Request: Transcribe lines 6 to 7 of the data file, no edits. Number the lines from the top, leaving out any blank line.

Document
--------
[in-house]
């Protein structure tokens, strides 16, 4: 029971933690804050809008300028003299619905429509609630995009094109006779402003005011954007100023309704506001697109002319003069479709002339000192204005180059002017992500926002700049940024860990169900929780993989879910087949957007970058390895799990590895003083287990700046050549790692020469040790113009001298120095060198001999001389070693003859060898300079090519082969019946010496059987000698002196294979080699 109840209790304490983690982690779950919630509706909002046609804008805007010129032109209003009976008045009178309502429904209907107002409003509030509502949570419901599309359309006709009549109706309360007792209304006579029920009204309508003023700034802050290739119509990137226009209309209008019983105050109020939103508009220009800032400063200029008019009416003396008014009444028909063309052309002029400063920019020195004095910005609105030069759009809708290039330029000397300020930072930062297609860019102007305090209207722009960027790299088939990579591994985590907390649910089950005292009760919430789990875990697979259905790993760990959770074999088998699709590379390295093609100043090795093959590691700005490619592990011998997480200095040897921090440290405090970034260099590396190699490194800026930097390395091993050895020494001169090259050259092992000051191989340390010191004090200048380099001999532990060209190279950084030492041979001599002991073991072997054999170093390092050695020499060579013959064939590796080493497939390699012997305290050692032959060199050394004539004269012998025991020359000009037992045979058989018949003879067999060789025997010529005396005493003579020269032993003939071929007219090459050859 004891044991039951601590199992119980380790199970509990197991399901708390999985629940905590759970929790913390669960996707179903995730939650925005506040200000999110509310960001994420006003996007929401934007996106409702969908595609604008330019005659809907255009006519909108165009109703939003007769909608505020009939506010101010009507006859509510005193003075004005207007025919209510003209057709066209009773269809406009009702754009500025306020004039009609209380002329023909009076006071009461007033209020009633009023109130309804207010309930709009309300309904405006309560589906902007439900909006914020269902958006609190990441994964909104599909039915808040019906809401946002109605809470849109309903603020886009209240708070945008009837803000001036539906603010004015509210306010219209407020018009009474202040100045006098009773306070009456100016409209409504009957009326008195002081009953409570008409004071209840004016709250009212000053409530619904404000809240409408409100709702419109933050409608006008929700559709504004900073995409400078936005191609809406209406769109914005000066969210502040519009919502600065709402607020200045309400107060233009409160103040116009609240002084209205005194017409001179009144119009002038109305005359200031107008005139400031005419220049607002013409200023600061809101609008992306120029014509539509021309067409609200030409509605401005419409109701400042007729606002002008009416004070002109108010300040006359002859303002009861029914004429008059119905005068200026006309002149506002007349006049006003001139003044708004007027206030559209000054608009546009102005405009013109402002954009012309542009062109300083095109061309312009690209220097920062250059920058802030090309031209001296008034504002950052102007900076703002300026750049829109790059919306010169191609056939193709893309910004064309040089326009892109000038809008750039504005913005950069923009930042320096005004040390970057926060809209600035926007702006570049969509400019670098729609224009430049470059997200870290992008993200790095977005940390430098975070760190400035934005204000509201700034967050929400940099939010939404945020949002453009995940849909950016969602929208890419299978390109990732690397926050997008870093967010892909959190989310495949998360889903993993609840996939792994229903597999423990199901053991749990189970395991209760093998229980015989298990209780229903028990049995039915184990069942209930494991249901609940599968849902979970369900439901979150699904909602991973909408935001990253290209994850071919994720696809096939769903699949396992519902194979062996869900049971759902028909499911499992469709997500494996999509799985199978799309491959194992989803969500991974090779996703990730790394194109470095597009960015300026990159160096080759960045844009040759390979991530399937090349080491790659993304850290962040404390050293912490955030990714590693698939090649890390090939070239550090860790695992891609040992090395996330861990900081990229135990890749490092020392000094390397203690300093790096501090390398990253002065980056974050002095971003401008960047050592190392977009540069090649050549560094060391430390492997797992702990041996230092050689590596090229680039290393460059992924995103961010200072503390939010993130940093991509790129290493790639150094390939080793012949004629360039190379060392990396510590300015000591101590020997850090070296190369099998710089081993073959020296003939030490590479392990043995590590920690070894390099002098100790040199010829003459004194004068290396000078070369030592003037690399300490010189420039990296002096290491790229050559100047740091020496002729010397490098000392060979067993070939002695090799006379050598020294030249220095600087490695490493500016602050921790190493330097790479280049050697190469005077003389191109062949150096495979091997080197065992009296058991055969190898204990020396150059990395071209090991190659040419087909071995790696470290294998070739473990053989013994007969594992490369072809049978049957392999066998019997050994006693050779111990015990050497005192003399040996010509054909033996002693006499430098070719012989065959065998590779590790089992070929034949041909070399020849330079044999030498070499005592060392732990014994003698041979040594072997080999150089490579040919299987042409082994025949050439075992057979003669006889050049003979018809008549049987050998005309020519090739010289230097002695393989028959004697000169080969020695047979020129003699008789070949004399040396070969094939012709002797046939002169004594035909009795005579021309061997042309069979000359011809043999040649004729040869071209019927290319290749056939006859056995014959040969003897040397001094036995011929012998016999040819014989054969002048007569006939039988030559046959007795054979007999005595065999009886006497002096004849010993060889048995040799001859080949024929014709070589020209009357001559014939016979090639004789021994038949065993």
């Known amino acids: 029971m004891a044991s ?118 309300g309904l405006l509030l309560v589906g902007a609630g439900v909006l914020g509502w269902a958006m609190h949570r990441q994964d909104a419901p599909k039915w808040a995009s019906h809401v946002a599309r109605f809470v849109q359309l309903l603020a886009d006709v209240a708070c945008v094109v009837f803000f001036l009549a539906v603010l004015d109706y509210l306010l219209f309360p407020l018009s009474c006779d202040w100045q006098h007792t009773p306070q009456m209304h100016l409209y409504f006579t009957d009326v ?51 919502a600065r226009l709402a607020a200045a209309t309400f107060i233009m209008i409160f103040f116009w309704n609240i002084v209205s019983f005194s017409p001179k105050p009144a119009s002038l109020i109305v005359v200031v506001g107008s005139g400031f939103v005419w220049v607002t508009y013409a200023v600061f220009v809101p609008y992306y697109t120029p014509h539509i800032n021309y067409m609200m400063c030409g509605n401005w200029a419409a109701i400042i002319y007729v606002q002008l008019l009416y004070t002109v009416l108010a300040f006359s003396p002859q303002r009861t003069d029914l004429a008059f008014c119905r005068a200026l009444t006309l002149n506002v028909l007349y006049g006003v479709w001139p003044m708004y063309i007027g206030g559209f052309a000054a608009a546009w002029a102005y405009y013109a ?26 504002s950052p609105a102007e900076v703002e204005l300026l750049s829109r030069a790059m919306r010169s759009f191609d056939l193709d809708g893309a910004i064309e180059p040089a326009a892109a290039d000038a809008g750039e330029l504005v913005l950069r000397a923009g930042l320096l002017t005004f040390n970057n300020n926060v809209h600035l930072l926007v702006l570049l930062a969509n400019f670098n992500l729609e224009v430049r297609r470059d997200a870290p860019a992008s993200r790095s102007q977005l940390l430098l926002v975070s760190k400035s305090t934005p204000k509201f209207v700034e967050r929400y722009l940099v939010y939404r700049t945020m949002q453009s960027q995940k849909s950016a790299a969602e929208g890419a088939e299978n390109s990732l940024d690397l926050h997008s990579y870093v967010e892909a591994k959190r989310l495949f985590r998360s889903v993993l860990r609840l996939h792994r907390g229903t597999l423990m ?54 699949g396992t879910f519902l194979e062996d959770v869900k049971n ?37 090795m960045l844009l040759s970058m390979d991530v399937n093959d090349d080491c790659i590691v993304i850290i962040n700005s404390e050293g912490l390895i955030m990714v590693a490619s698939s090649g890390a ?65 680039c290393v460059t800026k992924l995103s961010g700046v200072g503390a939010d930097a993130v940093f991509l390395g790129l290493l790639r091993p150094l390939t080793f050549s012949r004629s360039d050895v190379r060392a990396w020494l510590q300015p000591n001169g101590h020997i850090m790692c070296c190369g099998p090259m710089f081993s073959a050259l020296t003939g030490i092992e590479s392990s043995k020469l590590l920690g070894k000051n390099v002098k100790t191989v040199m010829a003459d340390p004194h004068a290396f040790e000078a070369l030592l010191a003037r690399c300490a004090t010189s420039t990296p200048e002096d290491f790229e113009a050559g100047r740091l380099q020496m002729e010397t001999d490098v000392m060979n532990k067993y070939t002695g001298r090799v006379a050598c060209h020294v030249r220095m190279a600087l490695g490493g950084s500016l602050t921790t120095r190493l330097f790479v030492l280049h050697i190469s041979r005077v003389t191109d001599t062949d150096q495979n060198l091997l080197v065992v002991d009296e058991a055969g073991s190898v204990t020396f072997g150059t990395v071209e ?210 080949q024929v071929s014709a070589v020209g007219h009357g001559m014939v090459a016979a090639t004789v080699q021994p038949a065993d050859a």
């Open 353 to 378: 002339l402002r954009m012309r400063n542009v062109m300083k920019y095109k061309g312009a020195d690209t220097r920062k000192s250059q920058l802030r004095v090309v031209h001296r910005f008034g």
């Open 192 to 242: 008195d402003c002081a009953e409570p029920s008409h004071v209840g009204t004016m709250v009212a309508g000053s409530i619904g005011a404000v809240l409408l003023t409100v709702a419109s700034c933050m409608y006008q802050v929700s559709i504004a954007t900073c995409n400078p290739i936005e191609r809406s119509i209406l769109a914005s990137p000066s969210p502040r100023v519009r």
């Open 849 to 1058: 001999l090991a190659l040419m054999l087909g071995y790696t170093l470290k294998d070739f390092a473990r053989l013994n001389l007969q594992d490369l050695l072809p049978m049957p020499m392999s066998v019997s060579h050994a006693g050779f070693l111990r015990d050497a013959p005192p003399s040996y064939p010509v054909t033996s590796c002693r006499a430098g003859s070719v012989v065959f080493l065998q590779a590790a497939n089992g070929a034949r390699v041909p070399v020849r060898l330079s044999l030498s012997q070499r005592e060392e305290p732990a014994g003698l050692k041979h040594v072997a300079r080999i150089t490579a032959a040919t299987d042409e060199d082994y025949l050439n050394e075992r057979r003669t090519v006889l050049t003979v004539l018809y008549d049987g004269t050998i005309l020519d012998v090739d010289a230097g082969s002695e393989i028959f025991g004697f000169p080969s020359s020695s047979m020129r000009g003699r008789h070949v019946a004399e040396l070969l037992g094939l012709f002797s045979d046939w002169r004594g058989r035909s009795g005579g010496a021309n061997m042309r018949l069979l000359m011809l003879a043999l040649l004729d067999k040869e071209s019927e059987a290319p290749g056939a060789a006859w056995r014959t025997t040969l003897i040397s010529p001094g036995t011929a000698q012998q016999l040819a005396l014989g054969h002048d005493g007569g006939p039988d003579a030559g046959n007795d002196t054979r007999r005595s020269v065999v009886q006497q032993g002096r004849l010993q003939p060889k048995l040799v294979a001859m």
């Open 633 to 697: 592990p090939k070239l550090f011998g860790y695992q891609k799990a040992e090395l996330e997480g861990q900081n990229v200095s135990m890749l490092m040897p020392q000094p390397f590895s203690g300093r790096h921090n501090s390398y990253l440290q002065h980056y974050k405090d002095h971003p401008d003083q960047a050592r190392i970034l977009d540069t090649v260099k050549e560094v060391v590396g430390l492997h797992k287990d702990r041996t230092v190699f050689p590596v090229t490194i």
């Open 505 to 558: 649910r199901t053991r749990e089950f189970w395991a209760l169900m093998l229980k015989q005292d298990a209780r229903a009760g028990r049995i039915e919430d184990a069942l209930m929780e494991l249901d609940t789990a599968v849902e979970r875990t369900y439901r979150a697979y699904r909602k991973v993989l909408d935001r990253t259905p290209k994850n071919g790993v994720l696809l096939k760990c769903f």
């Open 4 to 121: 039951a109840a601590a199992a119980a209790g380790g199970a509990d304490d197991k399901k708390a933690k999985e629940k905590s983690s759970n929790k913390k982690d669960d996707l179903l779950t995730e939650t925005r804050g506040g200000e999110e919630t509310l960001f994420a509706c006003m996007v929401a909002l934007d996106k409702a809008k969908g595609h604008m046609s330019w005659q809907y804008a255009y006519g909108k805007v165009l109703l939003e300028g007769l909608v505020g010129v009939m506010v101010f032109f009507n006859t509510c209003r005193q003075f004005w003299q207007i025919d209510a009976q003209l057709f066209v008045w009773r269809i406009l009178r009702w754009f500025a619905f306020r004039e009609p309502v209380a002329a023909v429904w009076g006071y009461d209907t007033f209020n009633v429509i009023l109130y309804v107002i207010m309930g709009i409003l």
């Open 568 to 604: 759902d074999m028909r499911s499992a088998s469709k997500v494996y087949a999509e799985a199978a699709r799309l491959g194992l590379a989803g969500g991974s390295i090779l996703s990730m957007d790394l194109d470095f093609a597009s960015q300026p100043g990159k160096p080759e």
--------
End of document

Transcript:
């Open 849 to 1058: 001999l090991a190659l040419m054999l087909g071995y790696t170093l470290k294998d070739f390092a473990r053989l013994n001389l007969q594992d490369l050695l072809p049978m049957p020499m392999s066998v019997s060579h050994a006693g050779f070693l111990r015990d050497a013959p005192p003399s040996y064939p010509v054909t033996s590796c002693r006499a430098g003859s070719v012989v065959f080493l065998q590779a590790a497939n089992g070929a034949r390699v041909p070399v020849r060898l330079s044999l030498s012997q070499r005592e060392e305290p732990a014994g003698l050692k041979h040594v072997a300079r080999i150089t490579a032959a040919t299987d042409e060199d082994y025949l050439n050394e075992r057979r003669t090519v006889l050049t003979v004539l018809y008549d049987g004269t050998i005309l020519d012998v090739d010289a230097g082969s002695e393989i028959f025991g004697f000169p080969s020359s020695s047979m020129r000009g003699r008789h070949v019946a004399e040396l070969l037992g094939l012709f002797s045979d046939w002169r004594g058989r035909s009795g005579g010496a021309n061997m042309r018949l069979l000359m011809l003879a043999l040649l004729d067999k040869e071209s019927e059987a290319p290749g056939a060789a006859w056995r014959t025997t040969l003897i040397s010529p001094g036995t011929a000698q012998q016999l040819a005396l014989g054969h002048d005493g007569g006939p039988d003579a030559g046959n007795d002196t054979r007999r005595s020269v065999v009886q006497q032993g002096r004849l010993q003939p060889k048995l040799v294979a001859m």
């Open 633 to 697: 592990p090939k070239l550090f011998g860790y695992q891609k799990a040992e090395l996330e997480g861990q900081n990229v200095s135990m890749l490092m040897p020392q000094p390397f590895s203690g300093r790096h921090n501090s390398y990253l440290q002065h980056y974050k405090d002095h971003p401008d003083q960047a050592r190392i970034l977009d540069t090649v260099k050549e560094v060391v590396g430390l492997h797992k287990d702990r041996t230092v190699f050689p590596v090229t490194i």